By Leela Ramdeen
“My hands used to be sweaty, but Grandma didn’t mind. She would hold on to my sweaty hand as we walked; chatting with me about what I had done at school that day. I always felt safe in her care.”
As my niece spoke, I could still visualise her holding on to her Grandma’s hand as she walked her home from school as a child.
This week our Archdiocese is observing Marriage and Family Life. On July 25, we also observe the first World Day for Grandparents and the Elderly, which Pope Francis instituted to take place each year on the fourth Sunday in July, close to the feast of Sts Joachim and Anne (Monday, July 26), the grandparents of Jesus.
To strengthen family life, we must reject the throwaway culture that threatens to strip us of our humanity.
Noel Nicholson, 66, lived on his own in Santa Cruz for over 40 years, working as a vendor in San Juan market. He died recently and lay dead in his home for nearly a week before he was discovered.
His son, Ricardo, is encouraging people with elderly relatives to call them or check in with them often, particularly during the pandemic.
On July 16, in the Trinidad and Tobago Newsday, the Social Development and Family Services Minister, Donna Cox, said it was concerning that the number of reported cases of elder abuse as of May 31, 2021, has surpassed the number of cases reported for all of fiscal year 2019/2020.
“… data from the Division of Ageing in Trinidad and Tobago Older Persons Information Centre showed there had been 174 reported cases of elder abuse for the first five months of the year, compared to 153 cases in the previous period…
“Cox said she was aware that caretaker burnout was often a factor in the mistreatment of older people. She urged them to seek help before burnout occurred…”
Permanent Secretary Jacinta Bailey-Sobers said: “Of the 174 reports of alleged elder abuse, 127 occurred in private residences, as opposed to 29 at older people homes. Of these cases, neglect was the leading type of abuse, followed by financial, physical, and finally occurrences categorised as verbal, emotional, and psychological abuse.”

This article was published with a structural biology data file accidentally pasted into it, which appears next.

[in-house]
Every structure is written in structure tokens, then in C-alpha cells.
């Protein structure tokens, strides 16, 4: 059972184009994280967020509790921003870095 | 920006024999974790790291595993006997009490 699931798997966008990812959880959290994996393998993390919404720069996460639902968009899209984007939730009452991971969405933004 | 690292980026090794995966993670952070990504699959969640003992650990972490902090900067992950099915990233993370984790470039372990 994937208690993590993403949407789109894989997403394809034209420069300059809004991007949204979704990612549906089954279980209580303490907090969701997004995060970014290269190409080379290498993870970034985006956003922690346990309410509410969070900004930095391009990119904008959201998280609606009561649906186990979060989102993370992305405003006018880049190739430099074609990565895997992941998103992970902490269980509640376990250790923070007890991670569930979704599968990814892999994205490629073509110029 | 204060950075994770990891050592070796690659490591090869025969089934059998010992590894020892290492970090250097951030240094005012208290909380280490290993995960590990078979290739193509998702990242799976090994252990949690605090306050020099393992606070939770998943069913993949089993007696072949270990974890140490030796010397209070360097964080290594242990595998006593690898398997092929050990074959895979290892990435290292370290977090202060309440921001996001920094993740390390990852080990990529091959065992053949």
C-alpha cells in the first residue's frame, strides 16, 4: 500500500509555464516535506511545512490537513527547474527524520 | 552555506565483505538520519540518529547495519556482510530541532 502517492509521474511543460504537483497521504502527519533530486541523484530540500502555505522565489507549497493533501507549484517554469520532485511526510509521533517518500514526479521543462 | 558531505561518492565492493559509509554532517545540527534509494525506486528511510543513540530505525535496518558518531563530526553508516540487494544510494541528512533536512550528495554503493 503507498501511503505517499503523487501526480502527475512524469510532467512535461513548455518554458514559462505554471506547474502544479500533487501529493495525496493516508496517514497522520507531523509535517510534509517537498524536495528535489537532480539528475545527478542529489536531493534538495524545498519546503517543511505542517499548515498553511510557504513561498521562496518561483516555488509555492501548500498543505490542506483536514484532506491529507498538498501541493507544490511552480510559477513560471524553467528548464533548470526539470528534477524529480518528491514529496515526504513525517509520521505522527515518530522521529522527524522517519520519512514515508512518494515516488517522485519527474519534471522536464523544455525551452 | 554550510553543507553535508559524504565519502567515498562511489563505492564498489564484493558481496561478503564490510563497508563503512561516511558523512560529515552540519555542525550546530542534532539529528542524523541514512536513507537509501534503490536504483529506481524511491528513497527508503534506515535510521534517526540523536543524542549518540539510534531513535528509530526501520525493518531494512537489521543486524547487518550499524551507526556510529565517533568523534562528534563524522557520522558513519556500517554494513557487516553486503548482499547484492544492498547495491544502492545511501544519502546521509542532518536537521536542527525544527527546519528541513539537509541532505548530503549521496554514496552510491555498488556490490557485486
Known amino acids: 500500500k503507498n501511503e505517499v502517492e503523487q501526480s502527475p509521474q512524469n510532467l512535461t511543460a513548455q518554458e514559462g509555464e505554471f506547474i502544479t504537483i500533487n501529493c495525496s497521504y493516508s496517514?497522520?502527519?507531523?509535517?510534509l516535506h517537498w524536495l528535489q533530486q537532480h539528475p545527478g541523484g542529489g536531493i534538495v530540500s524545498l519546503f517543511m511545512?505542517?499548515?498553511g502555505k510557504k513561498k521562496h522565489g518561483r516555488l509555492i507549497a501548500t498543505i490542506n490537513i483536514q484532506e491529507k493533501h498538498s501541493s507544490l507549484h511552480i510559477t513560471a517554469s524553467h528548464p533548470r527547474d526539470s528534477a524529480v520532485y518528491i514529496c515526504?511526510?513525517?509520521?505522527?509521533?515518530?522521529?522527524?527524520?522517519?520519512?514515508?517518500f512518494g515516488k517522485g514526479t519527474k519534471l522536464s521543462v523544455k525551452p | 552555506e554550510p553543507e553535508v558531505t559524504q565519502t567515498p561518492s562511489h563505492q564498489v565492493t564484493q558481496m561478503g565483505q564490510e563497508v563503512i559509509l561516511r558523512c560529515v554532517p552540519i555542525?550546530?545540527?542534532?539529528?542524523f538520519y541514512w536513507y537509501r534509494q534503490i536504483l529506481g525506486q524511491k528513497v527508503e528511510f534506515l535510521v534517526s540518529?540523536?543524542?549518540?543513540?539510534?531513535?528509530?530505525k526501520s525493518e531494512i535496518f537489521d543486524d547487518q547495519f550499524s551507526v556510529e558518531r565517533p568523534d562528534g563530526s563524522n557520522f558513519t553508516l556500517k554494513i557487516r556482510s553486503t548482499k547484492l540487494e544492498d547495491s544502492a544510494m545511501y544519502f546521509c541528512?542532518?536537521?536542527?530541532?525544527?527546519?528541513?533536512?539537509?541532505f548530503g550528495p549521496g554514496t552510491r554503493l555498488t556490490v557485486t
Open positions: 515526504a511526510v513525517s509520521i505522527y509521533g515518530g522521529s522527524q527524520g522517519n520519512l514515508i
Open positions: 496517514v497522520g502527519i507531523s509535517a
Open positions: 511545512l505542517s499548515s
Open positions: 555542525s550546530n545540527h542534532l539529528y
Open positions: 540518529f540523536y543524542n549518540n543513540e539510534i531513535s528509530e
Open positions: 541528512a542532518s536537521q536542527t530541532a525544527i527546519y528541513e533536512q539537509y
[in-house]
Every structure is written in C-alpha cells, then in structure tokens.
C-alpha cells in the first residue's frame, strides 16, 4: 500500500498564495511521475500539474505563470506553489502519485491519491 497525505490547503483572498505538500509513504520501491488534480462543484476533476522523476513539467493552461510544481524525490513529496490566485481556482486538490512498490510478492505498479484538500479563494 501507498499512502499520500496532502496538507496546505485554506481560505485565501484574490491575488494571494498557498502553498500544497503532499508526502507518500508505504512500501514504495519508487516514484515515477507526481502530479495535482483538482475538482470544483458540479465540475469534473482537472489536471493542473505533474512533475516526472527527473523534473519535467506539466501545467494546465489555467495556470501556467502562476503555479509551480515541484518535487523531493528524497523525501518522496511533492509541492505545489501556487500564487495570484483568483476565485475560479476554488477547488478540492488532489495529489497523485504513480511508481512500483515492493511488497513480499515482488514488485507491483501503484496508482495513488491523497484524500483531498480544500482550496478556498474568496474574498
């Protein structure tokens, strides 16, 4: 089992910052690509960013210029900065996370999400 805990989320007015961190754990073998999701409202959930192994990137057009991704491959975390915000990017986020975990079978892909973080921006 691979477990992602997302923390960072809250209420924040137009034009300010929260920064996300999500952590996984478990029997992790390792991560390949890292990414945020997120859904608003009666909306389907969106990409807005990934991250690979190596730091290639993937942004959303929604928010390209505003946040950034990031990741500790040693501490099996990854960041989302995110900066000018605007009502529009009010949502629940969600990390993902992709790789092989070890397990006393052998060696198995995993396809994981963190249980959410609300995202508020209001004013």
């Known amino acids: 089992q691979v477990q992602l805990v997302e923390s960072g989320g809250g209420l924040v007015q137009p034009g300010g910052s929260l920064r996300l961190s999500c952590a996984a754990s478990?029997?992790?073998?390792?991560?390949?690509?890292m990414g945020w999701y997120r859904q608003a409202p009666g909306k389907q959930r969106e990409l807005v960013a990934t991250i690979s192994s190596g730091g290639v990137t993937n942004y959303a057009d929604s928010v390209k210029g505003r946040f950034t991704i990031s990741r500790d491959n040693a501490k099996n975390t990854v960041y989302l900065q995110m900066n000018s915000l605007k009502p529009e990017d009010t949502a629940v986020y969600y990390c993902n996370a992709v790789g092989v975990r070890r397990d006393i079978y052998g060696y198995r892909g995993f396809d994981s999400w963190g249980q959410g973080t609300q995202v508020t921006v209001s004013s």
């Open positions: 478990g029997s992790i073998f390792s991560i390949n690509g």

Catholics should take the lead in building an all-inclusive society. As the saying goes, a strong family, builds a strong community, which in turn builds a strong society. It’s time to awake the sleeping giant that is Catholicism and develop effective pastoral plans in our parishes.
During this week, as we reflect on our Church’s teaching on Marriage and Family Life, spend some time with your family and read and discuss even extracts, summaries or quotations from Pope Francis’ Apostolic Exhortation, Amoris Laetitia, the Joy of Love.
In their Reflections on Amoris Laetitia, Michael G Lawler and Todd A Salzman say that the method used by Pope Francis “is virtue-oriented, relational focused, dynamic, developmental and inductive. A virtue-focused method focuses on the character of the person rather than his or her acts; on being, rather than doing”.
“Acts are important since they reflect virtuous character and shape that character. The focus in Amoris Laetitia is not on rules and acts but on ways of being in the world, where the person is invited to strive to live out a life like Christ in the service of God, spouse, family, neighbour, and society, realising that God’s mercy is infinite when we fall short of this invitation…
“Amoris Laetitia presents marital life as ‘a dynamic path to personal development and fulfillment.’ Each married couple is distinct and at unique stages in their relational, emotional, and spiritual capacities, and pastoral discernment must take dynamism and particularity into consideration…Marriage is between one man and one woman; marriage is sacramental; it is a lifelong challenge, ‘which advances gradually with the progressive integration of the gifts of God.’ …Francis seeks to highlight the kind of people married Christians are called to be so that they may do what is necessary for their marriages to be successful and lasting… Francis argues that marriage is vital for the whole of society and that society ought to be working to strengthen and preserve it.”
Here are some useful hotlines:
To report incidences of abuse, mistreatment, or neglect of the
Domestic violence hotline: 800-SAVE
The Children’s Authority Hotline Numbers: 996 /800-2014
ChildLine: 131 or 800-4321
Victim and Witness Support:
Child Guidance Clinic: 726-1324
National Family Services Division:
624-8218 or 627-1163.